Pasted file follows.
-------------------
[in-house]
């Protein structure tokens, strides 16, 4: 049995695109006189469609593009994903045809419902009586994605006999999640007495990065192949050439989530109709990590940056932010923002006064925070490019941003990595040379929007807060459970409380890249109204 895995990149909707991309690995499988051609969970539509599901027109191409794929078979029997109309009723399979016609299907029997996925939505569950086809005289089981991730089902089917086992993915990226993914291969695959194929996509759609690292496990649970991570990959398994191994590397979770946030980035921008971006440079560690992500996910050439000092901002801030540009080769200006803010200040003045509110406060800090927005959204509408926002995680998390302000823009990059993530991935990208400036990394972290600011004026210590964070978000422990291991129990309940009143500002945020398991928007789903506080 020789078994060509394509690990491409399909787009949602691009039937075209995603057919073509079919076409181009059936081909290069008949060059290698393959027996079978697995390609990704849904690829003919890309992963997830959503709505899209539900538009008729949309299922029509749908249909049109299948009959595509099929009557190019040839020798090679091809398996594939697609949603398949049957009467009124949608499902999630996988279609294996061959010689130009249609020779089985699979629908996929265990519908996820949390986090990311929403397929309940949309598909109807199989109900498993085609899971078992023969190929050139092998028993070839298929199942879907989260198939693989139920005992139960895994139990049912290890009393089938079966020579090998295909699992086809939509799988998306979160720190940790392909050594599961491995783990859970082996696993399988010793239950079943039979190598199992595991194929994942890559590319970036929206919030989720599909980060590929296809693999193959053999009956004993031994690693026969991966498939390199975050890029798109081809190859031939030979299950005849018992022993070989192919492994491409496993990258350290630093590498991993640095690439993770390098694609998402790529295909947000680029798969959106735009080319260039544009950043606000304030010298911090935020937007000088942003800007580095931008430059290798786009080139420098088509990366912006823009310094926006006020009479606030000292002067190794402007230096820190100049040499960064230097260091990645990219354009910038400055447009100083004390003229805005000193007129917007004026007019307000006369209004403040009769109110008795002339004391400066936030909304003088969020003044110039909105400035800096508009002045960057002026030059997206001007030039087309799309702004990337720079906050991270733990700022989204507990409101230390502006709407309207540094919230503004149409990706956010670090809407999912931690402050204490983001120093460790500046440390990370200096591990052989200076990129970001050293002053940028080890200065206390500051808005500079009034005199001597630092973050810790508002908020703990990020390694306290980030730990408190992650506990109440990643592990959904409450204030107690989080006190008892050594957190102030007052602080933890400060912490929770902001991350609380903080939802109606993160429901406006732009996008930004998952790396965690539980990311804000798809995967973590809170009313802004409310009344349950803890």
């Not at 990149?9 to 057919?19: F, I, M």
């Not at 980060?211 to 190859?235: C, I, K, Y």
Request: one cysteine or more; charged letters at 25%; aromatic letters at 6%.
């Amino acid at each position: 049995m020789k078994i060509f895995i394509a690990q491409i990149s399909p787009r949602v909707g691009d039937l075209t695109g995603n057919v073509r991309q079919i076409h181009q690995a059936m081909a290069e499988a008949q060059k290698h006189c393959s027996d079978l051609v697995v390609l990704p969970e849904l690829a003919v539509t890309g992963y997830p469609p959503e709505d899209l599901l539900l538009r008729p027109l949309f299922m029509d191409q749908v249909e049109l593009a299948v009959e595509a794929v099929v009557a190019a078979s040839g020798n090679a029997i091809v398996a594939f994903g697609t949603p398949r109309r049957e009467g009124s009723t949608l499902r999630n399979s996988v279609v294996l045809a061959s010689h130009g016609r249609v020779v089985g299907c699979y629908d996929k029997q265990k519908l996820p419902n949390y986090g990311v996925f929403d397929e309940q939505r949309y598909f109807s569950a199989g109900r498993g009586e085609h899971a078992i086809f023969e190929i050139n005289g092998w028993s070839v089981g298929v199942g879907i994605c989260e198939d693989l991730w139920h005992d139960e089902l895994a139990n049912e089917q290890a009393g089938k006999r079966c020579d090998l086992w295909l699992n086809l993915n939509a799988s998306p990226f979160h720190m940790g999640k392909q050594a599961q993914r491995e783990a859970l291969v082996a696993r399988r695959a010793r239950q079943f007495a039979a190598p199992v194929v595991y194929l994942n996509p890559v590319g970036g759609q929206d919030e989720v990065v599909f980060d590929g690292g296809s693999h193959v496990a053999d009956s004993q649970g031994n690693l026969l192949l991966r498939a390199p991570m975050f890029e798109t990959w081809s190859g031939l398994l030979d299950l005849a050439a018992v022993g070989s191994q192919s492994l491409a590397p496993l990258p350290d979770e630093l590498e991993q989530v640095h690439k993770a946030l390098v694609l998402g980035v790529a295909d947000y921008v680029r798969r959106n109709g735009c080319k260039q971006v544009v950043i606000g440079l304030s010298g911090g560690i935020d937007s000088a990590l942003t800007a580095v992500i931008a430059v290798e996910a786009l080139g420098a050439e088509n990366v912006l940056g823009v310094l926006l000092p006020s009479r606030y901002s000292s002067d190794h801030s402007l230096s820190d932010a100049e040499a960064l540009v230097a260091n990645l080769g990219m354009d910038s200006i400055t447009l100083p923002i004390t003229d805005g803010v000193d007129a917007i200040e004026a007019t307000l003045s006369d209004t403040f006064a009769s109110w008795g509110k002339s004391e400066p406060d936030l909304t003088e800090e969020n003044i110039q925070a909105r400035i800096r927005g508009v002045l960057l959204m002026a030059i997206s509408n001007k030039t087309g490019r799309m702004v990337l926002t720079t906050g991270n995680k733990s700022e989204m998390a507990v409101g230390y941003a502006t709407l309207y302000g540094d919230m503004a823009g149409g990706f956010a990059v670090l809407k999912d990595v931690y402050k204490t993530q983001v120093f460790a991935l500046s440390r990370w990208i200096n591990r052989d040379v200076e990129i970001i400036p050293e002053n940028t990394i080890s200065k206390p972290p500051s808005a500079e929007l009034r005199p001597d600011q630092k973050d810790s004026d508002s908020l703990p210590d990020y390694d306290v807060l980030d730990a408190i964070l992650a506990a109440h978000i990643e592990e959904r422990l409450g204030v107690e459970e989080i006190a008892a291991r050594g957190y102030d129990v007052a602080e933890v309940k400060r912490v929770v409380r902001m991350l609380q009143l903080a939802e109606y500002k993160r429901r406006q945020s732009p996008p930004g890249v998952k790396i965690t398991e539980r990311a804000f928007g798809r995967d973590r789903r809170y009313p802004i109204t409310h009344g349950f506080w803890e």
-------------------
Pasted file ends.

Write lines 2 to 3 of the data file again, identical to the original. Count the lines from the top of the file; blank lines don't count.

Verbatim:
């Protein structure tokens, strides 16, 4: 049995695109006189469609593009994903045809419902009586994605006999999640007495990065192949050439989530109709990590940056932010923002006064925070490019941003990595040379929007807060459970409380890249109204 895995990149909707991309690995499988051609969970539509599901027109191409794929078979029997109309009723399979016609299907029997996925939505569950086809005289089981991730089902089917086992993915990226993914291969695959194929996509759609690292496990649970991570990959398994191994590397979770946030980035921008971006440079560690992500996910050439000092901002801030540009080769200006803010200040003045509110406060800090927005959204509408926002995680998390302000823009990059993530991935990208400036990394972290600011004026210590964070978000422990291991129990309940009143500002945020398991928007789903506080 020789078994060509394509690990491409399909787009949602691009039937075209995603057919073509079919076409181009059936081909290069008949060059290698393959027996079978697995390609990704849904690829003919890309992963997830959503709505899209539900538009008729949309299922029509749908249909049109299948009959595509099929009557190019040839020798090679091809398996594939697609949603398949049957009467009124949608499902999630996988279609294996061959010689130009249609020779089985699979629908996929265990519908996820949390986090990311929403397929309940949309598909109807199989109900498993085609899971078992023969190929050139092998028993070839298929199942879907989260198939693989139920005992139960895994139990049912290890009393089938079966020579090998295909699992086809939509799988998306979160720190940790392909050594599961491995783990859970082996696993399988010793239950079943039979190598199992595991194929994942890559590319970036929206919030989720599909980060590929296809693999193959053999009956004993031994690693026969991966498939390199975050890029798109081809190859031939030979299950005849018992022993070989192919492994491409496993990258350290630093590498991993640095690439993770390098694609998402790529295909947000680029798969959106735009080319260039544009950043606000304030010298911090935020937007000088942003800007580095931008430059290798786009080139420098088509990366912006823009310094926006006020009479606030000292002067190794402007230096820190100049040499960064230097260091990645990219354009910038400055447009100083004390003229805005000193007129917007004026007019307000006369209004403040009769109110008795002339004391400066936030909304003088969020003044110039909105400035800096508009002045960057002026030059997206001007030039087309799309702004990337720079906050991270733990700022989204507990409101230390502006709407309207540094919230503004149409990706956010670090809407999912931690402050204490983001120093460790500046440390990370200096591990052989200076990129970001050293002053940028080890200065206390500051808005500079009034005199001597630092973050810790508002908020703990990020390694306290980030730990408190992650506990109440990643592990959904409450204030107690989080006190008892050594957190102030007052602080933890400060912490929770902001991350609380903080939802109606993160429901406006732009996008930004998952790396965690539980990311804000798809995967973590809170009313802004409310009344349950803890």
């Not at 990149?9 to 057919?19: F, I, M």